Have you ever been in an argument with someone over some bullshit the U.S. government is doing (like invading sovereign nations), and the dipshit you’re debating tells you that you should be shipped off to some socialist/communist/Islamic/oppressive/European country? Next time that happens, maybe you should consider it a good idea and ship yourself off. Here’s five good reasons why being an expatriate American may just be better than being a U.S. citizen. Many of these points assume you’re not moving to some AIDS-ridden third-world country, and are expatriating to Canada or one of the many socialized nations in the European Union.
1. You’re less likely to be robbed, raped, beaten or shot.
Generally speaking, other developed nations have lower crime rates than we do, according to UN crime rate statistics. The United Kingdom, Denmark, and Finland are exceptions (as well as a host of crappy undeveloped nations) – these countries do have higher crime rates than the United States. Don’t worry, though, there’s still plenty of places that offer a safe alternative – most of the EU, for instance, or Canada, our friendly neighbors to the north. Hell, you could even move to Yemen or Russia if you’re just looking for a lower crime rate.
2. You won’t feel the gas crunch nearly as much.
I’ve already discussed in previous posts how other countries are not affected nearly as much as we are by the rising cost of gasoline. Sure, they pay even higher prices than we do at the pump; that’s why the first thing you do when you move is sell the damn car! Though there are big parts of Canada where this doesn’t hold true, chances are if you head across the big lake to Europe, you’ll find you don’t even need a car. In fact, in many cases, it’s a bigger inconvenience than it is a boon. It’s easier to take the incredibly efficient public transit, or even hop on a bicycle for the scenic route. Most countries in Europe are scooter-friendly, too, so you can look dorky but save a ton of money on gas by putting around on a Vespa. Imagine all the cash you could save right now if you could just stop taking your car to work – personally, I’d pocket an extra $160 a month, and I live within five miles of my job. Unfortunately, it’s only a dream for many living outside the major metropolises in the United States.
3. You won’t face the burden of listening to people talk about their faith.
Alright, so this is more of a personal benefit for rational atheists like myself. Being an atheist in Europe is pretty nice. Very rarely will a European confront you about faith. You won’t have some Bible-beater blaring a megaphone in your ear while you’re having a beer at Oktoberfest in Munich. Ask the Naked Cowboy if you can say the same about Bourbon Street.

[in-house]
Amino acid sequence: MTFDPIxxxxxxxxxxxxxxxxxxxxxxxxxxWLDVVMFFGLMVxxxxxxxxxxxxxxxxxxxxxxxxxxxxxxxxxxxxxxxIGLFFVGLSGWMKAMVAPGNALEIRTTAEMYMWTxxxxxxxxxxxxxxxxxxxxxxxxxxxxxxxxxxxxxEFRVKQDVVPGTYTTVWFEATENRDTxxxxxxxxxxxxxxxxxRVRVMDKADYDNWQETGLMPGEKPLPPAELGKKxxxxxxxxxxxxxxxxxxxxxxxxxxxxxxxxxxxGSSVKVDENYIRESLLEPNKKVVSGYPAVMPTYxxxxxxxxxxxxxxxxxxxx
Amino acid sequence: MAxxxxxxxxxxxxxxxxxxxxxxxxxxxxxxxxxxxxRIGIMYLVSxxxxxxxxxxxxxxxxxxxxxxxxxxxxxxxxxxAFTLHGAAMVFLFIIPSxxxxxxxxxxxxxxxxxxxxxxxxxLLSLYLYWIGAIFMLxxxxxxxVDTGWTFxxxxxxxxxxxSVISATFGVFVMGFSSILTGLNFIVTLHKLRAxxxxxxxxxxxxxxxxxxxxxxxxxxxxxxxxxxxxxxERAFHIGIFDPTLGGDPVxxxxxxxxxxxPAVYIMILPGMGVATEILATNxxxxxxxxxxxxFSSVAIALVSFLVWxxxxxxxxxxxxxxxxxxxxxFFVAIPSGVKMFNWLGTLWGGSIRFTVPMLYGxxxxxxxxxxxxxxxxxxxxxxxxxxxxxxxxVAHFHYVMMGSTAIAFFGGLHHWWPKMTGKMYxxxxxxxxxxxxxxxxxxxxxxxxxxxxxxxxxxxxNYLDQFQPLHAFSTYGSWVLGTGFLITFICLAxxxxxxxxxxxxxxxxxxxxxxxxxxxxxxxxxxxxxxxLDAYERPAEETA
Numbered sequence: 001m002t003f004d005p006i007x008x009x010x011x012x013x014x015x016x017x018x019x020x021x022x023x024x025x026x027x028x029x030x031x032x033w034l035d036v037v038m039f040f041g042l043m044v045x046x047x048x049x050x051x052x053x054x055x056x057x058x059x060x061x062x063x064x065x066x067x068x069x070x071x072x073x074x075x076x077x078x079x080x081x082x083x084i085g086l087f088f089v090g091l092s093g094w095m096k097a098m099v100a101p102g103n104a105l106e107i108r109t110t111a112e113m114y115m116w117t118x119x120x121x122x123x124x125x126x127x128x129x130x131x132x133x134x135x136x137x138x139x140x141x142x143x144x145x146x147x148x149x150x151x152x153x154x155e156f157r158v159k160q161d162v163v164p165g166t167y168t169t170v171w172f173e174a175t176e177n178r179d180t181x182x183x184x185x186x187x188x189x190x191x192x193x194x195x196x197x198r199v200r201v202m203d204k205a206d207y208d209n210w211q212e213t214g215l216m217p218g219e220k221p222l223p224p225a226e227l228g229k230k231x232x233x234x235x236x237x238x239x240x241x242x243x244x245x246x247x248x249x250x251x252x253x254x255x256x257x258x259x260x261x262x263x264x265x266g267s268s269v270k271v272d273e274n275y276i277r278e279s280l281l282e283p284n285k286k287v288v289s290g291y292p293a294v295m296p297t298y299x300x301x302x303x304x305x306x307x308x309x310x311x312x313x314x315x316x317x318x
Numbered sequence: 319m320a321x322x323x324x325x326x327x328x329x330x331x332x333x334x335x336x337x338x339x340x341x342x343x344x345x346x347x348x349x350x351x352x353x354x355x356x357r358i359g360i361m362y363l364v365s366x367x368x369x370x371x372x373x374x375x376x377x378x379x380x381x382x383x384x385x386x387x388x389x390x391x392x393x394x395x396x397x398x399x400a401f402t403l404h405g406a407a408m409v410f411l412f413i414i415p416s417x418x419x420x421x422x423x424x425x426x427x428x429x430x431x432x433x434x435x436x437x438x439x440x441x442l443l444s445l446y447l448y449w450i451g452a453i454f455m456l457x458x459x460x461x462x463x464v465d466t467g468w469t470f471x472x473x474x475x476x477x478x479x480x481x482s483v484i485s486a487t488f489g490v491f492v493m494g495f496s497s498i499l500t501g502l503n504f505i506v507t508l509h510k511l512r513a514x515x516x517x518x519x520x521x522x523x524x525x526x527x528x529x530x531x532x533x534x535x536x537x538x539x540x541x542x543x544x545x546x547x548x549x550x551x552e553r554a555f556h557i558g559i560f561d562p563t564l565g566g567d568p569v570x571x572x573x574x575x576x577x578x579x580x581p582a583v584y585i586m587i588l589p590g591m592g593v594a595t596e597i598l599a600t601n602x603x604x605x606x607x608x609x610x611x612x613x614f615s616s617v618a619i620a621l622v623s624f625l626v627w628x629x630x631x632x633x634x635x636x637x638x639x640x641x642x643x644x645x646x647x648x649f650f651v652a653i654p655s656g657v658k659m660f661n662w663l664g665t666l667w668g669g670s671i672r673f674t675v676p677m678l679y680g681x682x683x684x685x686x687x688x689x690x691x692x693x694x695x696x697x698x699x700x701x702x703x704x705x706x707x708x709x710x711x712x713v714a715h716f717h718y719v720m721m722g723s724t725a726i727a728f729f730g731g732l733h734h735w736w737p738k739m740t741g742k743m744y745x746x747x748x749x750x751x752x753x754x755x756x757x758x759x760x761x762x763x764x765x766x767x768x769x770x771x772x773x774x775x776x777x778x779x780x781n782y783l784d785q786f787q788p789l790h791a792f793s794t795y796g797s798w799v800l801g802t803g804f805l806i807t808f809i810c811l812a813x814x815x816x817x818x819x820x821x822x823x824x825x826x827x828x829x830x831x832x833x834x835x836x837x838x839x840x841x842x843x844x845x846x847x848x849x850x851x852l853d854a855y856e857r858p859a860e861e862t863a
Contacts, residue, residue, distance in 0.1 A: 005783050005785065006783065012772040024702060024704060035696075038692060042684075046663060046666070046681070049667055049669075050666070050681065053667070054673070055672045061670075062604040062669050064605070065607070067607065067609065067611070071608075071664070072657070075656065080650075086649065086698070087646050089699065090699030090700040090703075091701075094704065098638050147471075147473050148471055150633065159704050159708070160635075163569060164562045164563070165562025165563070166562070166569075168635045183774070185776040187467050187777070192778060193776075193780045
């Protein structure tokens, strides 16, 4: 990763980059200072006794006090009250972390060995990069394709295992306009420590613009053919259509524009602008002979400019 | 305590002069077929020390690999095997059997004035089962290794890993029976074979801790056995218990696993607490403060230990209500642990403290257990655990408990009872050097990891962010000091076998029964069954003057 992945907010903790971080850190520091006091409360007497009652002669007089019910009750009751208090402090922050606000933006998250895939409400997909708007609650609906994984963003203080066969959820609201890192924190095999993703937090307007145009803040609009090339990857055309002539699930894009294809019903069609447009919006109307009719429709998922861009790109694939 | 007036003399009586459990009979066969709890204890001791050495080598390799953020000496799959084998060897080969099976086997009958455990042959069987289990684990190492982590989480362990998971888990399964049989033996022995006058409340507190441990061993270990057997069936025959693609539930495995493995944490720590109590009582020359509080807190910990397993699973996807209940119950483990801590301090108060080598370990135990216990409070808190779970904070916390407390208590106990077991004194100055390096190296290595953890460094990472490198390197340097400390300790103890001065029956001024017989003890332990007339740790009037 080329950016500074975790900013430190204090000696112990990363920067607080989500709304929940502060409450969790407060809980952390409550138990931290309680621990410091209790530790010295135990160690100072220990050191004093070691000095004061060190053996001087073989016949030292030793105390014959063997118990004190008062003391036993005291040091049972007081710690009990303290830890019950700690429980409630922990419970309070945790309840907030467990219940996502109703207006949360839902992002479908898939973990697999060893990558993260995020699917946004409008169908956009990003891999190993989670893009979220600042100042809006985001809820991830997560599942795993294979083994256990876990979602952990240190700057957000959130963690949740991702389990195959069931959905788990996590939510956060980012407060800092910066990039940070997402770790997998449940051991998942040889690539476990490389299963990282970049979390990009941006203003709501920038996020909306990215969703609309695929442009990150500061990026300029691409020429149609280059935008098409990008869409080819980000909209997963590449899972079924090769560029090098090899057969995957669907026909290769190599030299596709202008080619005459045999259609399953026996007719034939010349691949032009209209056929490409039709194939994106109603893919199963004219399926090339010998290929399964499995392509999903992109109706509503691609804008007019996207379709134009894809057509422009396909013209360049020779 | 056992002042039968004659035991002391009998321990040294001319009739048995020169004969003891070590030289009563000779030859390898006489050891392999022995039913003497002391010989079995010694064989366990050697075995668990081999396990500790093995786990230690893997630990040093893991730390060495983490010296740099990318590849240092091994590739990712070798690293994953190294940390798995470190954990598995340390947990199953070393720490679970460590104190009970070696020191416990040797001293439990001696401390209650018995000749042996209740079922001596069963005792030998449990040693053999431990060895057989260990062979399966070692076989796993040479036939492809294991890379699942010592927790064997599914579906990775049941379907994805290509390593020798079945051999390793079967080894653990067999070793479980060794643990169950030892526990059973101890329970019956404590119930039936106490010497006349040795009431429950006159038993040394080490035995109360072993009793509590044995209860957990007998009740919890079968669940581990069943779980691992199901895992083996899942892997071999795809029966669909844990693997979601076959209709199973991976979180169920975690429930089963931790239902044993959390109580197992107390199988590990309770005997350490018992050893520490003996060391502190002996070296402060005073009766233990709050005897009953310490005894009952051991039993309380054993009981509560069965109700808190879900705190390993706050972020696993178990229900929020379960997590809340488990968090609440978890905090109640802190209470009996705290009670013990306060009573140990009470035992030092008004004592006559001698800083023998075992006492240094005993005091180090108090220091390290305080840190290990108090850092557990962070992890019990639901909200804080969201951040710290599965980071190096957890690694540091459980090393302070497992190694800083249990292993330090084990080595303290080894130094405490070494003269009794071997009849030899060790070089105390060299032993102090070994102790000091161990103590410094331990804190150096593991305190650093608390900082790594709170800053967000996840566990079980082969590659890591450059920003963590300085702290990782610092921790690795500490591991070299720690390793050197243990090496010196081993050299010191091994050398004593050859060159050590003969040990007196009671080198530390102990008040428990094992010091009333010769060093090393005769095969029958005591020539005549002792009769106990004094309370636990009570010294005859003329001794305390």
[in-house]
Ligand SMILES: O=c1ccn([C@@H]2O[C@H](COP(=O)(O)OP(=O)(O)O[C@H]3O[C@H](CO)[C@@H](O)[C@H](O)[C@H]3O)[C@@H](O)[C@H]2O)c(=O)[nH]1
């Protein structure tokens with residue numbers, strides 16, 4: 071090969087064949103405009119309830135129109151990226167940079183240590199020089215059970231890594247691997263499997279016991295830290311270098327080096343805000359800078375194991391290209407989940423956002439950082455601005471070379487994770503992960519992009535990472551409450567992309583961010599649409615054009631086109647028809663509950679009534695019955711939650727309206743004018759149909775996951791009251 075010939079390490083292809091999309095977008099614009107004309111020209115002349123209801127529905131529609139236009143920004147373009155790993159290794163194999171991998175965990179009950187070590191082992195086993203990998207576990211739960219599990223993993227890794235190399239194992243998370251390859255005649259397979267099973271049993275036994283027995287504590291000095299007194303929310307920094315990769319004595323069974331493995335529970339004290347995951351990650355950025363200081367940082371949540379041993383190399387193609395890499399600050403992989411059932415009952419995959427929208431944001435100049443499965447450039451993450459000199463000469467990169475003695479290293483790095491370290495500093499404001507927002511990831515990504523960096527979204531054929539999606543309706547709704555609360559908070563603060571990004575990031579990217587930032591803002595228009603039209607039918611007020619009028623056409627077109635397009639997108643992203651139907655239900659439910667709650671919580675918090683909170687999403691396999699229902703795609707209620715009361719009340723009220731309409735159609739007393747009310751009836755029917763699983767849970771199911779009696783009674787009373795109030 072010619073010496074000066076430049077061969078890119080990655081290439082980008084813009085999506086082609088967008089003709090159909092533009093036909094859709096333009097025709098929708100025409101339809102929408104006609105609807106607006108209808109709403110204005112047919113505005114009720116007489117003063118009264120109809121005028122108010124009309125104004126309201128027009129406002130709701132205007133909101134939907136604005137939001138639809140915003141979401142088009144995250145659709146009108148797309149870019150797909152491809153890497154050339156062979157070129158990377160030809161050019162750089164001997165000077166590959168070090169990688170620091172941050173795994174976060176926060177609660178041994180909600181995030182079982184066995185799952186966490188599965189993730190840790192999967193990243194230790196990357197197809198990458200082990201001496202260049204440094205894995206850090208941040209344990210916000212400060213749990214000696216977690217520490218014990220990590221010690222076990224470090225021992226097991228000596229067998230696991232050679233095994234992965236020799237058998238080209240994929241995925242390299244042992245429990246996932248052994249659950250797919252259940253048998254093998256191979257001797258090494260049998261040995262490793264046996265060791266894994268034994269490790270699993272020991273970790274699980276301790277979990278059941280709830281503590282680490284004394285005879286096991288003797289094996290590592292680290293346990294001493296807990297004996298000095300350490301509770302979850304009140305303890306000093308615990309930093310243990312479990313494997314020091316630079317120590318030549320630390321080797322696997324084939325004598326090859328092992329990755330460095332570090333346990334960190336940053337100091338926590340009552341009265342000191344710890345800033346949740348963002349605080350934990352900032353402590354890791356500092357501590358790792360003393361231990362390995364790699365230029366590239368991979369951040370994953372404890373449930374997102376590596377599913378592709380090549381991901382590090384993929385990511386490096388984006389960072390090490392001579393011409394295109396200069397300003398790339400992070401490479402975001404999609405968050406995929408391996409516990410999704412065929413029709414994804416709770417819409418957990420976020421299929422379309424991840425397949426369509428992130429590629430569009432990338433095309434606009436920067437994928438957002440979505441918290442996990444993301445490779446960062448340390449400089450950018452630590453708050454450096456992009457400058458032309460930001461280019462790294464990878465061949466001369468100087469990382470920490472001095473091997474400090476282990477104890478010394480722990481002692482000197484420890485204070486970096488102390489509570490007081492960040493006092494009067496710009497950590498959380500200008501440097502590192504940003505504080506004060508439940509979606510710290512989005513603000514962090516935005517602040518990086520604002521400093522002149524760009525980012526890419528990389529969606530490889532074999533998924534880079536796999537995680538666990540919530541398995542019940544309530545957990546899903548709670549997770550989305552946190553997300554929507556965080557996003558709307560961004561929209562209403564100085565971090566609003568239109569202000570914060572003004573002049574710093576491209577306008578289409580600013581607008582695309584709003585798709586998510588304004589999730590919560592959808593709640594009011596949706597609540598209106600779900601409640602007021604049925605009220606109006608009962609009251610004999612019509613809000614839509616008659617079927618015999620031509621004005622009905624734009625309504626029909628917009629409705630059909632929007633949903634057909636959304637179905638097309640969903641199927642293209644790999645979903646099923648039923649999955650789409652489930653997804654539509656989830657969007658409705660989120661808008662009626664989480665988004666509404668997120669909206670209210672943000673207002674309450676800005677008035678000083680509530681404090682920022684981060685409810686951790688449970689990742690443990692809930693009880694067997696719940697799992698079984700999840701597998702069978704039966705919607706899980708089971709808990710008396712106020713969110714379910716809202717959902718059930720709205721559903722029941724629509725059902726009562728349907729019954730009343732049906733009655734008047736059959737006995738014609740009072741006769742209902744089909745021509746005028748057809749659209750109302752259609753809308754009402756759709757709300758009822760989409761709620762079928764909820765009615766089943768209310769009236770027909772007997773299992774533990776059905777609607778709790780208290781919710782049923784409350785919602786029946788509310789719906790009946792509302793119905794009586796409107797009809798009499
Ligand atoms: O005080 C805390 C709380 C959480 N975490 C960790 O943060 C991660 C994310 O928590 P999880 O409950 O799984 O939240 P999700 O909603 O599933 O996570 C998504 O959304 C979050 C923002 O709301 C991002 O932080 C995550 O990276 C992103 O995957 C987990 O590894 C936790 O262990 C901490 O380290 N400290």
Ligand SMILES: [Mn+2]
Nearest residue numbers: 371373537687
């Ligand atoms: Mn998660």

However, the benefits of a secular state don’t just affect nonbelievers. Our very own founding fathers knew the wisdom of keeping church and state separate, though in practice they did not do a perfect job of implementing it. It prevents discrimination against both believers and nonbelievers; it does not allow the rights of one group of believers to take precedence over another group. Unfortunately, faith has become a major factor in U.S. elections. It’s doubtful a presidential candidate who did not profess Christianity could win any time in the foreseeable future.
Ironically, many EU nations to which you might expatriate do not have the same clause about separation of church and state which we follow in the United States. They’ve just managed to collectively not give a shit about religion for long enough that the same religious apathy has leaked into their public policy making.
4. Castles kick ass.
Let’s face it: the scenery matters. This is the reason I’m thinking Europe > Canada, assuming this whole Russo-Georgian conflict dies down in the near future. Castles seriously rock, and it would behoove you to live near one so you can see how awesome they are.
Ronneburg Castle, Hessen, Germany. It has a catapult on the other side, just in case you question how much ass it kicks.
5. You’ll live longer.
As if castles and a lower crime rate aren’t awesome enough reasons to leave America, there’s the higher life expectancy the United Nations report in many other countries. Canada, the UK, the EU – all have higher life expectancies. Meanwhile, the United States falls at number 38 on the list – just below Cuba and just above the bustling nation of Portugal. Seriously, people, Cuba does better than us on keeping people alive?
We can argue about the benefits of socialized medicine all we want to, rehashing every argument Michael Moore or Ronald Reagan could drum up for or against it, but the fact remains that folks tend to live longer in all those evil socialist countries to which conservatives so fervently wish to ship all us libs. Even if every perceived evil of socialized medicine is true, they’re still doing their job better than we are, if you consider that job keeping folks’ tickers ticking for longer.
Originally, I’d intended to keep this list down to five good reasons. Unfortunately for any American nationalists reading this, I came up with a lot more than five reasons, so we’ll save the next five for next week. Let’s just hope the Bush croneys don’t ship me off to Gitmo before I get around to posting them.